Where do you start with how to deal with your ex?
Dealing with your ex can be improved with two words: Effective Communication.
Children benefit when parents treat each other with respect and can cooperate. This can be a tough thing to do as a relationship breaks down.
Understanding your personal style of communicating will go a long way to help you make things more comfortable when considering how to deal with your ex.
Poor communication makes things difficult and feeds conflict, creating power struggles. It can even drive some people away from their children.
Roadblocks to communicating effectively
- One or both parents have negative or hostile reactions to each other.
Suggestion — try saying it in an email or a letter (always keep a copy for reference when discussing issues later).
- Interference or distractions from the outside.
Suggestion — use a neutral location to meet, for example, a cafe; suggest both parents turn off their mobile phones.
- Always being in a hurry does not allow effective communication to occur.
Suggestion — Arrange in advance a time to speak — not at changeover time.
- Parents need to be clear about what they are saying.
Suggestion — Prepare, write down the issues you wish to cover and tick each off as you go through them.
- Parents have different words to express themselves.
Suggestion — Keep it simple. Reconfirm your understanding of the conversation with the other parent ‘Do I understand this correctly…?’
CAUTION!! Where high conflict, abuse or domestic violence is involved, communication with your ex may not be possible.
After separation, you need to be able to discuss issues that affect the children without being stuck in old battles.
What is important is how you handle your differences — not that they exist. Remember that sorting out issues is part of everyday life.
There is almost no end to what sparks conflict during separation:
- Differences of opinion.
- Complaints about how agreements/arrangements are carried out.
- Criticism of behavior/attitude.
- Doing the opposite of what was asked.
Avoid ‘Hot Spots’
Button pressing is where you feel you are being deliberately aggravated by your ex.
This might include:
- Reading what your ex has said about you in documents that you believe not to be true.
- Purchasing things for the children without discussing it with you first.
- Returning children without their clothes or other items they left with.
- Deliberately bringing up past arguments or differences of opinion.
Recognise the trap before you take the bait; write a list of situations that you find yourself reacting to.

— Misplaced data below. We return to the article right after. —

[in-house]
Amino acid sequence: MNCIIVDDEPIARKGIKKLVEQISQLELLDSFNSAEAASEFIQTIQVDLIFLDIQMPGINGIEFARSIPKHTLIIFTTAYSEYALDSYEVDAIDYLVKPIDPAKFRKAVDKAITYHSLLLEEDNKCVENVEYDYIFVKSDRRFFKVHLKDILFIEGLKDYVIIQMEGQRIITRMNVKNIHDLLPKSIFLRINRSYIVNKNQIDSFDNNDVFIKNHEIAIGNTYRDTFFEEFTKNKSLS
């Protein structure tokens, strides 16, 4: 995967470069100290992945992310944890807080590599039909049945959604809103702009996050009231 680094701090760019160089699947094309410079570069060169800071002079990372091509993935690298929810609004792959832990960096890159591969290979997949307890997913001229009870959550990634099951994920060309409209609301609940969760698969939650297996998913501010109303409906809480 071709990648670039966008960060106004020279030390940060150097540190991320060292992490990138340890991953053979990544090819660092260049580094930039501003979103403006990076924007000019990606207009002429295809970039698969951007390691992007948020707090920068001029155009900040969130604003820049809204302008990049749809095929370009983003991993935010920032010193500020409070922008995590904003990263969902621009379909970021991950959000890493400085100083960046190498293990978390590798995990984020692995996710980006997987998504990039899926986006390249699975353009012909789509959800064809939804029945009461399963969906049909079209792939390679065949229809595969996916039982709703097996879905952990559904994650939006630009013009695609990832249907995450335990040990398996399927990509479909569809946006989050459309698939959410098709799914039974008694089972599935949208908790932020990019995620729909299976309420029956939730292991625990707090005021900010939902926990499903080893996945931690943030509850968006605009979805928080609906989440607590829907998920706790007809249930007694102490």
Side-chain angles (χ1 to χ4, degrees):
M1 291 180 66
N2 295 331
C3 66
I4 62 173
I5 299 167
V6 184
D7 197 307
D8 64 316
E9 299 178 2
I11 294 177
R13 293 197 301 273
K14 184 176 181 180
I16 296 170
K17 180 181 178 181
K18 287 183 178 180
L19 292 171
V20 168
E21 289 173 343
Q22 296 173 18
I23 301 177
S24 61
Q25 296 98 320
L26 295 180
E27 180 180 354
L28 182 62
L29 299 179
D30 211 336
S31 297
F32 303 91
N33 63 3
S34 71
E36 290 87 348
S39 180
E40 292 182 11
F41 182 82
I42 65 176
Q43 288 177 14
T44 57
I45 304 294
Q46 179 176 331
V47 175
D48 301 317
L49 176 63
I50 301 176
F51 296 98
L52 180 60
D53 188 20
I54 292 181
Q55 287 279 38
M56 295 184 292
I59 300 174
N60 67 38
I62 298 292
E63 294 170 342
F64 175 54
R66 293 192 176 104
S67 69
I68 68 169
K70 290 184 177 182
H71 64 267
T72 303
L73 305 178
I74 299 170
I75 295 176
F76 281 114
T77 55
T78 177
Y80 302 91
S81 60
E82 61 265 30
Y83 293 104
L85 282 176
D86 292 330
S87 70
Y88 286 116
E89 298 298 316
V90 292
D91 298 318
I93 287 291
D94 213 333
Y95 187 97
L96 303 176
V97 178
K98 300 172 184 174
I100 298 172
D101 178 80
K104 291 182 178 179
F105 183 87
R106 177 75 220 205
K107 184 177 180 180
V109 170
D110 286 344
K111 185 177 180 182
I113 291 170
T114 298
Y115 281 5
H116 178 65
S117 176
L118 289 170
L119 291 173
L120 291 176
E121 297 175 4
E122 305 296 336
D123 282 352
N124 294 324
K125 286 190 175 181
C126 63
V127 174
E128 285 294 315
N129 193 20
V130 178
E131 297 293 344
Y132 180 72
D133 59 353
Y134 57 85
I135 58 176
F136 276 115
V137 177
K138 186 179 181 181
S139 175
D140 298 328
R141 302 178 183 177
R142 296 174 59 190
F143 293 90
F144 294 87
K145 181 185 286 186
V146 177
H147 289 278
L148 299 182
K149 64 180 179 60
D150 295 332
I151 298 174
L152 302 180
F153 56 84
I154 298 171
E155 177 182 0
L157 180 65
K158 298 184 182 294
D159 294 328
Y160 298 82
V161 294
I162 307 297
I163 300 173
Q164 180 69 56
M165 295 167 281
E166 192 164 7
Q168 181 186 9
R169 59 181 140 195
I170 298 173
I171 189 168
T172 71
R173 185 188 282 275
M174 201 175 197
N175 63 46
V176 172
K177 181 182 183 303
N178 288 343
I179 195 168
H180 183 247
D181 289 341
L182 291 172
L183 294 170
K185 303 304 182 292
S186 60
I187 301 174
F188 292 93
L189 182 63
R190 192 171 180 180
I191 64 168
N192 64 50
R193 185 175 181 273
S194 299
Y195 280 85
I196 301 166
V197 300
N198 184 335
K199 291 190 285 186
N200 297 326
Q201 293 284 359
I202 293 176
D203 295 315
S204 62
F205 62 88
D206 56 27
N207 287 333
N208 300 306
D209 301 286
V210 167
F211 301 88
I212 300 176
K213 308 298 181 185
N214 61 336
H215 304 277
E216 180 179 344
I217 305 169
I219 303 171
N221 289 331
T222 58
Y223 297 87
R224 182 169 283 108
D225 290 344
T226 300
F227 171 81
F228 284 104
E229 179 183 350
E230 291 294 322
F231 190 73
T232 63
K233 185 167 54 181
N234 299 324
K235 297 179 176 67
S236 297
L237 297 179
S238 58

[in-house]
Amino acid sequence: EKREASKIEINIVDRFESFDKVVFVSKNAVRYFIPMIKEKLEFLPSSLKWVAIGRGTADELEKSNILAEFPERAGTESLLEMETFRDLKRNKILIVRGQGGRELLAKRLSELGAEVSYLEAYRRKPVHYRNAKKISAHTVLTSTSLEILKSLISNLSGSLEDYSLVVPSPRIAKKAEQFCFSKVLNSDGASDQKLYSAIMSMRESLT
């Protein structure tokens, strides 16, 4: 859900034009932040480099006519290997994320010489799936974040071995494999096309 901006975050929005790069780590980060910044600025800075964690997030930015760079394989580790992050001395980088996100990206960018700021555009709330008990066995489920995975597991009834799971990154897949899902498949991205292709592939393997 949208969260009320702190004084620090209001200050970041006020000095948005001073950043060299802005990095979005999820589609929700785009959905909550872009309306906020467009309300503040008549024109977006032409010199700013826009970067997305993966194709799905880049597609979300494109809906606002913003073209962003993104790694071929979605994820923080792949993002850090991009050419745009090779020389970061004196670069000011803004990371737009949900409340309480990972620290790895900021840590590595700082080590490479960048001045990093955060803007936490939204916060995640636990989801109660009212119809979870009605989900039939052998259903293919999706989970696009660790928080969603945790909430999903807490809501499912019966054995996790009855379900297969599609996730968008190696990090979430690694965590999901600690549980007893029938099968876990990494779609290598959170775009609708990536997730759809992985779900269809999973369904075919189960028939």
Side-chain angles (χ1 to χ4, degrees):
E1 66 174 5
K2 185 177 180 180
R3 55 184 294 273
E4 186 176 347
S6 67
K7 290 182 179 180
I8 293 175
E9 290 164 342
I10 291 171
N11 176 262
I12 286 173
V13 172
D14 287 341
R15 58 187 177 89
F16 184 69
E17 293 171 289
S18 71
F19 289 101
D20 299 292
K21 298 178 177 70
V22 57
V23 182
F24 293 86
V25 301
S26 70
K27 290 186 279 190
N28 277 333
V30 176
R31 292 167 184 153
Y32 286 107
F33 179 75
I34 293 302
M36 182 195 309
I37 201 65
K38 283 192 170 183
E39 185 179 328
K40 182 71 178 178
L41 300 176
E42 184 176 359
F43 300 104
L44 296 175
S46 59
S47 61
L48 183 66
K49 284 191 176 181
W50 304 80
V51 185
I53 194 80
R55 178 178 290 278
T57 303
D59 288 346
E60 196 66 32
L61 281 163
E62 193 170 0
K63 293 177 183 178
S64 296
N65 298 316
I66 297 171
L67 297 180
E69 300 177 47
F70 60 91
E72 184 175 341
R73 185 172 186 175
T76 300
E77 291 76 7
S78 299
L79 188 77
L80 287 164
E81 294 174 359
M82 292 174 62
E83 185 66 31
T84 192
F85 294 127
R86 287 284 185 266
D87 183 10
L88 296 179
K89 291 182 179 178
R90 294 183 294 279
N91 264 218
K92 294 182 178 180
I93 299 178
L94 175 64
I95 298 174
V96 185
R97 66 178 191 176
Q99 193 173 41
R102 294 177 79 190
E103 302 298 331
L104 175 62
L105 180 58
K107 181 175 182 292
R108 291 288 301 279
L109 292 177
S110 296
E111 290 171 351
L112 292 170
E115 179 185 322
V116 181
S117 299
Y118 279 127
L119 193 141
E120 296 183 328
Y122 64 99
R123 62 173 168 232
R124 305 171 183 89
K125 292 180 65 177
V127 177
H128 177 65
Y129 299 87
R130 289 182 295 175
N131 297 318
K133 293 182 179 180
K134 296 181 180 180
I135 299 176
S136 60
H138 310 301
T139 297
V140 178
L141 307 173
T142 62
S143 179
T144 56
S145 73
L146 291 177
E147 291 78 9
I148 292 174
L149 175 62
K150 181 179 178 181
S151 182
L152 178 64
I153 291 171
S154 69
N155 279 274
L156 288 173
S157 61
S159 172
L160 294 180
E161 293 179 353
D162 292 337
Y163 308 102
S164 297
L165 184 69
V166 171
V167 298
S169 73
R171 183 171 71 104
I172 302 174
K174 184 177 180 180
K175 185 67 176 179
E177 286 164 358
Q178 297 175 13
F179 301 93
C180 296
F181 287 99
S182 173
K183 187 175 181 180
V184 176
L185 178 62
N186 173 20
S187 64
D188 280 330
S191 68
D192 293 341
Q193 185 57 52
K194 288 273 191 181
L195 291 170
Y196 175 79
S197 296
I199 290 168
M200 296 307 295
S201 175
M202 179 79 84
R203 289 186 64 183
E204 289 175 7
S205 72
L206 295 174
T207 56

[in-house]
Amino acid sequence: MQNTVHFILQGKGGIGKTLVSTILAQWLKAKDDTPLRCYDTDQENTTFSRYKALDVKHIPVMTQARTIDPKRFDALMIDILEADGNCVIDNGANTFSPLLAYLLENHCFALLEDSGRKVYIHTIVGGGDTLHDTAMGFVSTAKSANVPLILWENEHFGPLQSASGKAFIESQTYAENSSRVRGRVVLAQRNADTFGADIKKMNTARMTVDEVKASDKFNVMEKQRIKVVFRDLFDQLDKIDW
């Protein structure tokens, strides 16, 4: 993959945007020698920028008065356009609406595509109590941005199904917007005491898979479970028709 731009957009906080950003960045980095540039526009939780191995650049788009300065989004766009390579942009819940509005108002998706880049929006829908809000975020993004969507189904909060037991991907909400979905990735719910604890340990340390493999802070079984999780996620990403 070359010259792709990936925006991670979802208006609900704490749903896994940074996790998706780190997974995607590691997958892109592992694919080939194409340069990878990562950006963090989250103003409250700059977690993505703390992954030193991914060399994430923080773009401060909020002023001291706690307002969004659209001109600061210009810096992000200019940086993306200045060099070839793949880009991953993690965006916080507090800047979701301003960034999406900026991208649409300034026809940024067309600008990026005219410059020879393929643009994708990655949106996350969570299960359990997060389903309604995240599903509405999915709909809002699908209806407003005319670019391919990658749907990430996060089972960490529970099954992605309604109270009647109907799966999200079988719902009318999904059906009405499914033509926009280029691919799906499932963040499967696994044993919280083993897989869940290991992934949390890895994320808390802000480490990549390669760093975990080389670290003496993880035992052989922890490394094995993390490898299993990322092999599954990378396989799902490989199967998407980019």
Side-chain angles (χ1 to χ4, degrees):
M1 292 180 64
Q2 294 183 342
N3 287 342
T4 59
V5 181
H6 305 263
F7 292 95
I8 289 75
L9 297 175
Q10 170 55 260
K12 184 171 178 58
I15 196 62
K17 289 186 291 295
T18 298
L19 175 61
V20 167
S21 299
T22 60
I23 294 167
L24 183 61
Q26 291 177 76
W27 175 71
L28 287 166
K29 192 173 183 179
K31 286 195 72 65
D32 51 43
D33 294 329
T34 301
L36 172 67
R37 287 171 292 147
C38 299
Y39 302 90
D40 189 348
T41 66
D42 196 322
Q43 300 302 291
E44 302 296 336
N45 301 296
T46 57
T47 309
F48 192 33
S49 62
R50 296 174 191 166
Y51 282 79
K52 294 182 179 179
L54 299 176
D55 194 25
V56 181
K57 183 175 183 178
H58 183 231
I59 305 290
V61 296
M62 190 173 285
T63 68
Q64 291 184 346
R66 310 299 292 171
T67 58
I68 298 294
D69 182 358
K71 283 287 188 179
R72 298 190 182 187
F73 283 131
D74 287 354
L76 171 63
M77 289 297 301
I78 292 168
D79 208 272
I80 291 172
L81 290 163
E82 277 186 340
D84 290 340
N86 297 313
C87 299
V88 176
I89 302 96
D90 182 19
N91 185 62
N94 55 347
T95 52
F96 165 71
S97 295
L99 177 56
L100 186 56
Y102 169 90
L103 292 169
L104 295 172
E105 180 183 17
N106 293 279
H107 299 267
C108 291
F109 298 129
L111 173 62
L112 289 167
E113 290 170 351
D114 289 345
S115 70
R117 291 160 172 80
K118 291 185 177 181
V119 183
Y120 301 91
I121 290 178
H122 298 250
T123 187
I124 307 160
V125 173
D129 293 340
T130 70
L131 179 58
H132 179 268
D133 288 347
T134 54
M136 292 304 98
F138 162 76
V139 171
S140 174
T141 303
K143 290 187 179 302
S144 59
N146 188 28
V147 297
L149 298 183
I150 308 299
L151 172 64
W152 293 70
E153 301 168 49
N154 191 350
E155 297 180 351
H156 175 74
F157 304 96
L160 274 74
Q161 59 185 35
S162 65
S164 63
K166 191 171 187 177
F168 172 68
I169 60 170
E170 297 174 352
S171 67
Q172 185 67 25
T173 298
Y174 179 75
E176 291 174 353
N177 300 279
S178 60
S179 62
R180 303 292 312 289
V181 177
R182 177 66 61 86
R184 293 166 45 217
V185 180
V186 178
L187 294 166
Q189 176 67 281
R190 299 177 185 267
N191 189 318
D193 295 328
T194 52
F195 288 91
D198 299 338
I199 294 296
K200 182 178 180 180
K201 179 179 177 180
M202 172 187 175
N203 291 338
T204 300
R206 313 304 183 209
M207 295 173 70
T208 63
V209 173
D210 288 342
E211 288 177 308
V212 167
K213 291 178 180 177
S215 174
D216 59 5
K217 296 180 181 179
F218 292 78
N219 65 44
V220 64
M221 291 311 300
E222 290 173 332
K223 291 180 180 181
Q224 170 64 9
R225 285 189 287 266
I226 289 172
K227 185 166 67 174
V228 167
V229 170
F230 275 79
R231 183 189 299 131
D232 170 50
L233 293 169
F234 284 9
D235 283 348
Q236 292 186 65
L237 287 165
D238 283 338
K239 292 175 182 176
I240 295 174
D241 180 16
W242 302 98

Write what it is you do to push their buttons.
Power and control struggles
When separated parents deal with power and control issues it is important to understand the way it appears to the children.
Typical power and control struggles are:
- Coercion and threats — using physical violence or verbal threats.
- Intimidation — put-downs, breaking things or acting aggressively.
- Economic abuse — withholding financial payments.
- Emotional abuse — name put-downs, criticising and making the other parent feel guilty.
- Children — denying involvement, threatening to take the children away, alienating the other parent.
Any conflict that comes up should be sorted out quickly — don’t let it go on and on until someone reaches boiling point.
Steps involved in dealing with issues:
- Let go of the old stuff — how you used to do things. Avoid using the words never, ever or always and you. E.g. ‘You always make promises you can’t keep.’
- Think about your own actions and reactions. Work on things you can control. If you become upset, stop — and continue when you have calmed down. Speak calmly, breathe slowly.
- Pay attention to your physical and emotional health. Look after yourself. Role-play — practice with a friend or counselor what you want to say and how to respond in difficult situations.
- Let your children know you both love them and will always be their Mum and Dad, no matter what happens.
- Agree on short-term arrangements then look at longer-term solutions.
- Focus on needs and interests, for example, ‘The kids need to see both of us regularly’ rather than taking a position which invites arguments, for example, ‘I want the kids every other week.’
Sadly, there NO quick fixes or miracles in these situations. You can do all the right things and still not have immediate results.
With some patience and communication, things do get better.
To speak with a Mackay Family Lawyer please reach out and book an appointment on our website.
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